For those just getting involved the world of cryptocurrency, there is a steep learning curve. Not only do you need to come to grips with technology like blockchain and how it works, as well as cryptocurrencies like bitcoin and how they operate, but you have a wide range of industry-specific terms to master. One of those is hash rate. What does hash rate mean and what should you know about it going into bitcoin mining?
What Is Hash Rate?
Before anything else, we need to define what hash rate is. It’s also sometimes called hash power, and is usually referenced in terms of rising or falling. Really, the hash rate is nothing more than a measure of the amount of power being consumed by a bitcoin network in the discovery of new blocks. Specifically, this means the amount of computational and electrical power required to find a block within the conventional limit of 10 minutes.
In order to understand hash rate, how it works and what it indicates, you need to have a better understanding of how the overall mining process works.
A Brief Note on Mining
Bitcoin mining requires dedicated computers, often pooled together for additional computational power and speed. The point of mining is to discover or generate new bitcoin blocks. Doing so requires solving intensive mathematical equations and moving data. In order for a miner to successfully find a block, the block’s header must be hashed so that it is less than or equal to the target, or difficulty.
The target/difficulty changes regularly, with every 2016 blocks discovered. It takes roughly 10 minutes to discover a block, so it would take roughly two weeks for 2016 blocks to be discovered.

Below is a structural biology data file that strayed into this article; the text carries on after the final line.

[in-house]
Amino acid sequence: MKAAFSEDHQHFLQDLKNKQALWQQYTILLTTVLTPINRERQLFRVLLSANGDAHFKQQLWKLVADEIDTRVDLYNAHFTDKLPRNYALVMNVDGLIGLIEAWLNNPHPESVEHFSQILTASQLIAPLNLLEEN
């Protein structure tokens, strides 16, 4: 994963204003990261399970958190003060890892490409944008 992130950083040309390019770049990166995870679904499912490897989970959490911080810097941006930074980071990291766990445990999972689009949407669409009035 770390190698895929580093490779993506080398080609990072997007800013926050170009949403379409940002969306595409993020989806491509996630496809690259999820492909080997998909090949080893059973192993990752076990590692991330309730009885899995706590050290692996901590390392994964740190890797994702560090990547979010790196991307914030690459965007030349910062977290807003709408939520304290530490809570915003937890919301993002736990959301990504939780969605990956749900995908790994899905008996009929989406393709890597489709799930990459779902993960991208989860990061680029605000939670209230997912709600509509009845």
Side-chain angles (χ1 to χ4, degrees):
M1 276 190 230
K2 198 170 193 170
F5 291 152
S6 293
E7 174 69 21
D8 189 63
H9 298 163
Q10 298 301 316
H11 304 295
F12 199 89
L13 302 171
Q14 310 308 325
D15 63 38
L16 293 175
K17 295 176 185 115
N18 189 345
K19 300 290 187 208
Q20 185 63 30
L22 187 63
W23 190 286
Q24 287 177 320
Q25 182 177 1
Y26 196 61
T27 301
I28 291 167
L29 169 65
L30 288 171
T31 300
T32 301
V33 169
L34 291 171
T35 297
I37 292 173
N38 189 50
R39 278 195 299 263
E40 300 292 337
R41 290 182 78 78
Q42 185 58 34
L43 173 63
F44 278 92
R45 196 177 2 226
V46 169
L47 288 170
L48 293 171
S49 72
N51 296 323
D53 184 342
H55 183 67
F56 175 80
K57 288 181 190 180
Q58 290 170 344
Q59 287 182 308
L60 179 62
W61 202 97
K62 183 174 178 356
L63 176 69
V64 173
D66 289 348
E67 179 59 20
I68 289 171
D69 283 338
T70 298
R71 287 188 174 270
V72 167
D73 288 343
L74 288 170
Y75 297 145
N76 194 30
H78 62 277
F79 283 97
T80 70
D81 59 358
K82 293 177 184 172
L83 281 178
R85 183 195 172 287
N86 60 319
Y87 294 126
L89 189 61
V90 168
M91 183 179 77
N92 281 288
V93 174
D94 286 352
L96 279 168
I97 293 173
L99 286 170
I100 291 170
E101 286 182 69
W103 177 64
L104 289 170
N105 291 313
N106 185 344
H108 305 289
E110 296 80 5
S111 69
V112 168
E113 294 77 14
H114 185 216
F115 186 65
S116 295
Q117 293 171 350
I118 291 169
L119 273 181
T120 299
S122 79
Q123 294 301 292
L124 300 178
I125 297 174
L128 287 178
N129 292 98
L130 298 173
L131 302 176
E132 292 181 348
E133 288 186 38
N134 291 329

The Block Header
A block’s header is a 256-bit alphanumeric string that includes a specific number of zeros (this changes with the difficulty). Another name for the target here is “hash”. Miners reach the target by changing small segments of the header, each of which is called a nonce. It can take many tries to vary the nonce in order to achieve the right sequence necessary to reach the target in the block’s header.
The number of times it takes to reach this target is the hash rate, and it is usually measured in seconds. This is shown in the format of h/s. However, because computers are built specifically to hash as fast as possible, the number of hashes per second is very high, so most people use larger denominations. Some of the more common hash per second denominations include the following:
- 1 kh/s – one thousand hashes per second
- 1 mh/s – one million hashes per second
- 1 gh/s – one billion hashes per second
- 1 th/s – one trillion hashes per second
- 1 ph/s – one quadrillion hashes per second
- 1 eh/s – one quintillion hashes per second
How the Hash Rate Connects with Difficulty and Rewards
You’ll find that all of the variables related to bitcoin mining are interconnected. What affects one will affect others. For instance, when the difficulty increases because the speed of discovering 2016 blocks has increased, the hash rate increases – more hash power is needed to mine blocks. As a result, the reward for miners (in pools) drops. When the speed of discovering 2016 blocks decreases once more (and miners leave), the hash rate drops, as does the difficulty.
As you can see, there is a great deal to learn about bitcoin mining before jumping in. All aspects of the process relate to all others in some manner, including the hash rate/power at a specific point in time.